A shotputter suspended for using banned drugs said Wednesday he was reinstated by the Canadian Track and Field Assn. after he threatened to expose anabolic steroid use by sprinter Ben Johnson and other athletes.
Peter Dajia, who attends the University of Texas Arlington, testified in the Canadian government's inquiry into drug use by athletes that he had been on muscle-building drugs since 1983 but that he appealed a June 1986 drug test because it indicated that he and two teammates used a substance they had not taken.
Dajia said his appeal was rejected and that his 18-month suspension lingered for two years. When his lawyer failed to gain his reinstatement early last summer, the shotputter said he spoke with Steve Findlay, an athletes' representative at the CTFA in Ottawa.
"I threatened to turn in the world's fastest human being," Dajia said. "I told him I had some information about Ben and Angella (Taylor Issajenko), and Dr. (Jamie) Astaphan, also, and that I'd be speaking to a reporter. I had nothing to lose."
Issajenko, Canada's leading female sprinter for most of this decade, earlier testified about her steroid use. Astaphan treated Johnson, Issajenko and other Canadian athletes.
Dajia, 25, said Findlay tried to calm him, telling him, "Think of your sport."
Several days later, the CTFA began proceedings to reinstate Dajia and his teammates, Rob Gray and Mike Spiritoso.
Dajia finished second at the national championships a month later at Ottawa, but was still banned from competing internationally by the federal government and was not allowed to participate in the Olympics at Seoul.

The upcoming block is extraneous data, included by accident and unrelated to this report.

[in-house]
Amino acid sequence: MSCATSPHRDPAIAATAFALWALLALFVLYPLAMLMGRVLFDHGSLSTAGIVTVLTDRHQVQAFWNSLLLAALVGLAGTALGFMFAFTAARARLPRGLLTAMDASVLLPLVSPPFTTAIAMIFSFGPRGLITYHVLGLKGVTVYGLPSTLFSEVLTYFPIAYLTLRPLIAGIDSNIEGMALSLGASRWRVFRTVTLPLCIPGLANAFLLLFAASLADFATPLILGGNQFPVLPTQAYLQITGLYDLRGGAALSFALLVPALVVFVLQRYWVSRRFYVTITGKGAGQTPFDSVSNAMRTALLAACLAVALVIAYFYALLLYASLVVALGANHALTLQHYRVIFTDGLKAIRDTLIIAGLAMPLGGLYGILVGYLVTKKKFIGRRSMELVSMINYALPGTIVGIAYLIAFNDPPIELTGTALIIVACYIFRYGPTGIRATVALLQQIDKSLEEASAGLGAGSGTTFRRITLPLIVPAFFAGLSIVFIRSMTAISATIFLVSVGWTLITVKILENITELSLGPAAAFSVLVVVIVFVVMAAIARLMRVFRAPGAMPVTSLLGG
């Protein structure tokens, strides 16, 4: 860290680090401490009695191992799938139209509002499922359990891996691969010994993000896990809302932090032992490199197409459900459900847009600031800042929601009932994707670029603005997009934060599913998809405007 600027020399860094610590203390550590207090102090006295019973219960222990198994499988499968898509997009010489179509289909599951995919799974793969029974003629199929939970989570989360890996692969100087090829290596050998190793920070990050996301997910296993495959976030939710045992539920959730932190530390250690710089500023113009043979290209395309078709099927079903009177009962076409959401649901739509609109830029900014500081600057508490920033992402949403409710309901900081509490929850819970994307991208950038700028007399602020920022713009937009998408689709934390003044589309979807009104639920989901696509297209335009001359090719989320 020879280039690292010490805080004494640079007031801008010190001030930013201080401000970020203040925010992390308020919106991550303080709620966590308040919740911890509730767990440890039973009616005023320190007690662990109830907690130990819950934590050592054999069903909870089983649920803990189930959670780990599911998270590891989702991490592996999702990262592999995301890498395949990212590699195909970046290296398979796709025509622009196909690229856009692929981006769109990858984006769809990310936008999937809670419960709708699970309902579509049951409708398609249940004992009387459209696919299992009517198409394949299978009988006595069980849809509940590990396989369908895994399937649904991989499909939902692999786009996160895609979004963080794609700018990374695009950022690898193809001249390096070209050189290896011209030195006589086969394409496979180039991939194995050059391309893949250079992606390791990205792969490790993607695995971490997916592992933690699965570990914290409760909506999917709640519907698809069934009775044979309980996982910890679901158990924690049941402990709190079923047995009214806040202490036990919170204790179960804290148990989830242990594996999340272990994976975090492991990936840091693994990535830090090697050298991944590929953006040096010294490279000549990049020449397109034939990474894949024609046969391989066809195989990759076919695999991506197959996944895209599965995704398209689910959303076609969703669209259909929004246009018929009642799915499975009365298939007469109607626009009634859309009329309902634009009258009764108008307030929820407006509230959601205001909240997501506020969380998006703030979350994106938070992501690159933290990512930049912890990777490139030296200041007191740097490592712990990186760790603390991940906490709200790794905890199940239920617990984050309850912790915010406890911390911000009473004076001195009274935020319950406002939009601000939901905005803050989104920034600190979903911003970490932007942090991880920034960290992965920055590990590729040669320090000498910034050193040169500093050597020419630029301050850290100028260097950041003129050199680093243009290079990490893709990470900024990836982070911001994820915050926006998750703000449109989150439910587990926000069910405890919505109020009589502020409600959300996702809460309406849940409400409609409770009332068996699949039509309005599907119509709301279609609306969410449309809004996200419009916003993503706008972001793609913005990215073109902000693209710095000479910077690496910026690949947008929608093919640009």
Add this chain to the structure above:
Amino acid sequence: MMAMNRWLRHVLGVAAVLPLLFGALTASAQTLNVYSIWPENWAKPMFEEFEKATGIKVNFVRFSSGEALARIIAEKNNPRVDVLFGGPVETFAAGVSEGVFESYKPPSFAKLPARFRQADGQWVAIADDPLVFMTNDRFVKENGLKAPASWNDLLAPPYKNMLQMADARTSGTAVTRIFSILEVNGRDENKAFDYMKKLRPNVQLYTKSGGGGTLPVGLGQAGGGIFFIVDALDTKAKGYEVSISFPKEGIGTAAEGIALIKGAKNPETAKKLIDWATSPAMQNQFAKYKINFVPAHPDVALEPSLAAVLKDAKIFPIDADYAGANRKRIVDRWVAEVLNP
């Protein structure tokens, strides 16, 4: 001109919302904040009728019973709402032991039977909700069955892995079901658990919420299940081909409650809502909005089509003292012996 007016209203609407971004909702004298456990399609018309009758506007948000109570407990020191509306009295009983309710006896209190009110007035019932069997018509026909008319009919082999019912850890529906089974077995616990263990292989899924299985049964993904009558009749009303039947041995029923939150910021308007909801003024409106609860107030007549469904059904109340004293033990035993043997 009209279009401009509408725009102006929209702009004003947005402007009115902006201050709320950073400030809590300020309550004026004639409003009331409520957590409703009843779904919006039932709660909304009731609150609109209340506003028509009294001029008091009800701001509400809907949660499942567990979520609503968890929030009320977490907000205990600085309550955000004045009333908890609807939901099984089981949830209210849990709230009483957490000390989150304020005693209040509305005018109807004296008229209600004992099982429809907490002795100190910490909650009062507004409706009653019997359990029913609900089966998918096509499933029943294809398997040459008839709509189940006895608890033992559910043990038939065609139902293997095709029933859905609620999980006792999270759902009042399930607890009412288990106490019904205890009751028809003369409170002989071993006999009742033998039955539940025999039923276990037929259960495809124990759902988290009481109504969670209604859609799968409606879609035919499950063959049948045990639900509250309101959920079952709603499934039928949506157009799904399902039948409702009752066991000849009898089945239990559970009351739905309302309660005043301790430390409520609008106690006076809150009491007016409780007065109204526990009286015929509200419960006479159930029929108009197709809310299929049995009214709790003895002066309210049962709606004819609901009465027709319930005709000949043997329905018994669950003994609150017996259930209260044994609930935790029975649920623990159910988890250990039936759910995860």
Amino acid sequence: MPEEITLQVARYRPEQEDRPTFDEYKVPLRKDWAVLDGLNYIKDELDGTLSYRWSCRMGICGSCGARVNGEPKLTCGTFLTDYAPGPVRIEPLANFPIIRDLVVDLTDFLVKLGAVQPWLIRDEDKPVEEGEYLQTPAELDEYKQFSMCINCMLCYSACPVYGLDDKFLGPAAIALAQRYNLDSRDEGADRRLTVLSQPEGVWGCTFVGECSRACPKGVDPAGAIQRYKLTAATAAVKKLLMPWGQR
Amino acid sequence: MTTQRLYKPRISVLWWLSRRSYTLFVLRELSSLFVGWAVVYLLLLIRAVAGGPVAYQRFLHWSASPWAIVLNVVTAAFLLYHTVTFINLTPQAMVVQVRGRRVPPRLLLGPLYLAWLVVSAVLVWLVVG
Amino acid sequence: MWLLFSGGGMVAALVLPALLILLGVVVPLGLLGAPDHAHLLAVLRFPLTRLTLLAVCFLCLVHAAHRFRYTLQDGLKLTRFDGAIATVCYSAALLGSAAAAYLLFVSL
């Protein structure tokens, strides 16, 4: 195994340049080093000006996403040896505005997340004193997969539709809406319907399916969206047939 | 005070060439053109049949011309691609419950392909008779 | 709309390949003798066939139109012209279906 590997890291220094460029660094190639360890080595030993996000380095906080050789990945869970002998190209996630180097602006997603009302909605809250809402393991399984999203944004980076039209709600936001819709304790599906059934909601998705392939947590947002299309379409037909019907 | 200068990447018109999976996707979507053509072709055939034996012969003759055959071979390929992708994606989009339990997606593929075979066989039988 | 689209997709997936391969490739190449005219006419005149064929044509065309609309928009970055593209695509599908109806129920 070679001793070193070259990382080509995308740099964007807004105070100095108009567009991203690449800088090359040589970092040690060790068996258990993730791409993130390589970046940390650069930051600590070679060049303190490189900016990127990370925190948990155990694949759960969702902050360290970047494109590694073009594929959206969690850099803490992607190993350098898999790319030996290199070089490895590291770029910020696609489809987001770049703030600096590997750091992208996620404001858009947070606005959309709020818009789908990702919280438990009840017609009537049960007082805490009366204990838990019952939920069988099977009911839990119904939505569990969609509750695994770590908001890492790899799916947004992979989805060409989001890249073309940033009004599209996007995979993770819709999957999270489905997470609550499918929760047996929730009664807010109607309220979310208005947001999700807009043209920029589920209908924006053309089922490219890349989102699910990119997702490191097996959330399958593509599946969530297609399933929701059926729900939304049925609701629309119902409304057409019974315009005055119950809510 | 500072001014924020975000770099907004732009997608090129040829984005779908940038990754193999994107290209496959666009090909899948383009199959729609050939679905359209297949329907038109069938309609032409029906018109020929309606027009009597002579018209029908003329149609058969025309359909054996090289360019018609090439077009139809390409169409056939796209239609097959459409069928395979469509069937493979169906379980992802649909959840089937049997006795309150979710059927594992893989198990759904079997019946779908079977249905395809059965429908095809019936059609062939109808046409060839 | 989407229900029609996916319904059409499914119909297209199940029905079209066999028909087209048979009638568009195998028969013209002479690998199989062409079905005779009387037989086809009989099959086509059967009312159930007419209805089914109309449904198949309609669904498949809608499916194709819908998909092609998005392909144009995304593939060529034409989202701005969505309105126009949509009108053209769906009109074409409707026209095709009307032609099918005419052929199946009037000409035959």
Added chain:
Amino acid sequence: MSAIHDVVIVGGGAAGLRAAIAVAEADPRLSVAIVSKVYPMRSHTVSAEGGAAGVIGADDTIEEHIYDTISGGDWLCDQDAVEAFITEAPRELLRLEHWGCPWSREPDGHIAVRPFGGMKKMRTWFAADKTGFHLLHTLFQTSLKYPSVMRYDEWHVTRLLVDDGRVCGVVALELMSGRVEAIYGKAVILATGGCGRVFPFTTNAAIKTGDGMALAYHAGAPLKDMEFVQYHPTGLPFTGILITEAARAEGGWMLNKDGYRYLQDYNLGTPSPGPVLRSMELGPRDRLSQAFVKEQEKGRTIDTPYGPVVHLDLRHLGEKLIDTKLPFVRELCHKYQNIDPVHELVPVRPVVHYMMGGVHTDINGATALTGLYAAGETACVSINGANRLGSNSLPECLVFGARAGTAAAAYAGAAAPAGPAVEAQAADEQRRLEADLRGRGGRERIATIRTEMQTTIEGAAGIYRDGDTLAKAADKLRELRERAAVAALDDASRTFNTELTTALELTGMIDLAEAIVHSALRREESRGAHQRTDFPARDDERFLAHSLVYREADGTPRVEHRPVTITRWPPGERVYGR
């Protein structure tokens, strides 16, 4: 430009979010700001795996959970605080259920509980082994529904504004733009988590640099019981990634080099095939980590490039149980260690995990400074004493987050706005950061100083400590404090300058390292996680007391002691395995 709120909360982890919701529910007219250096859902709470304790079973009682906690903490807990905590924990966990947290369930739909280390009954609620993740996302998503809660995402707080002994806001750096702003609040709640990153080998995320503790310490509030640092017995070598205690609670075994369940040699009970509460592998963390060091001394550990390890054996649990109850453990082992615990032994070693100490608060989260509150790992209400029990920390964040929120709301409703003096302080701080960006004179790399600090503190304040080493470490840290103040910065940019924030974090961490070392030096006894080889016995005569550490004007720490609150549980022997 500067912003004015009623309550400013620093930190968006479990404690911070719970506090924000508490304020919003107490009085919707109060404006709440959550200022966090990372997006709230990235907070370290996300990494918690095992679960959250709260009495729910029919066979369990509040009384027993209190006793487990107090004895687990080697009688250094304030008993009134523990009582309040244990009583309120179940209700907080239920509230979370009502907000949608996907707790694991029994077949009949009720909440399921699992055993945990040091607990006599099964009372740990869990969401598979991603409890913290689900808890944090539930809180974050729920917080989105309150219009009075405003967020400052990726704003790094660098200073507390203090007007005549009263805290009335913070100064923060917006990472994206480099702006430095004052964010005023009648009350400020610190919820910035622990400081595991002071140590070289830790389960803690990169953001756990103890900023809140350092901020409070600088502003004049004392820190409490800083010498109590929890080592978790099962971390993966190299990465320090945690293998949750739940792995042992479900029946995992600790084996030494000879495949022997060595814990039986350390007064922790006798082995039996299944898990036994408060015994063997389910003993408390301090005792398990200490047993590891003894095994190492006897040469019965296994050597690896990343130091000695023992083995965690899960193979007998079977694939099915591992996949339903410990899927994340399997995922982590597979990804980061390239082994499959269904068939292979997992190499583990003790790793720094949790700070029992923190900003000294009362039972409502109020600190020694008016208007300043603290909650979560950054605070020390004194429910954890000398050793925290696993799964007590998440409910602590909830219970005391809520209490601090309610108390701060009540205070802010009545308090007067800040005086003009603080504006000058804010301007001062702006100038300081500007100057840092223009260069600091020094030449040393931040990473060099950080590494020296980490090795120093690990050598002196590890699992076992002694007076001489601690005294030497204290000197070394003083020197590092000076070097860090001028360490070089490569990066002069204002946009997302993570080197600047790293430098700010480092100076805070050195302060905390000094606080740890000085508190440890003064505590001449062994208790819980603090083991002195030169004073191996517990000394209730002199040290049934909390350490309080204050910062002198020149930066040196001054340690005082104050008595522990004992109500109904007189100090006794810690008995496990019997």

As a result, he said, he repeated his threats to the CTFA's president, Paul Dupre, its chairman, Jean-Guy Ouellete, and the head of its doping control program, Bruce Savage.
"I said something to the effect that, 'You guys do not realize what I know about track and field. I could cause a real black cloud around it if I go to the press,' " he said.
Asked Robert Armstrong, senior counsel for the inquiry: "Did any of the people representing the Canadian Track and Field Assn. ask you what you were talking about?"
"No," replied Dajia, who said he had been obtaining banned drugs from Astaphan since 1985.
"Did you have any sense of whether they understood what it was you were talking about?" Armstrong asked.
"I'm sure they did," the shotputter said.
Dajia, who competed for Clemson University in 1984 before transferring to Arlington, said steroid use is widespread among U.S. college track and field athletes.
"There were distance runners, sprinters, jumpers, you name it," Dajia said. "In all the events, they used it."
Ouellete, Dupre and Savage were unavailable for comment Wednesday, but Findlay said in a telephone interview from Ottawa: "We've agreed to cooperate with (the inquiry) and not comment on any evidence until the CTFA gets a chance to comment at the inquiry."
Earlier in the day, hurdler Mark McKoy testified that he abandoned the Olympic team in Seoul because of racism and back-stabbing after Johnson was stripped of his gold medal. He was suspended for two years by the CTFA when he fled Seoul before running in the 400-meter relay. He finished seventh in the 110-meter high hurdles earlier.
"It's not so bad if other teams were looking down on Canadians because of what happened," he said. "But when our own teammates, our own coaches and officials were doing the same thing, I thought, 'I don't need to take this. I can go home.' "
McKoy cited a banner strung across the Canadian headquarters in the Olympic village, apparently hung by other Canadian athletes, that said: "From hero to zero in 9.79 seconds."
He said that an unidentified Canadian coach told the track team from Johnson's native Jamaica that the sprinter was "not a Canadian anyway. You guys can have him back now. We don't want him anymore."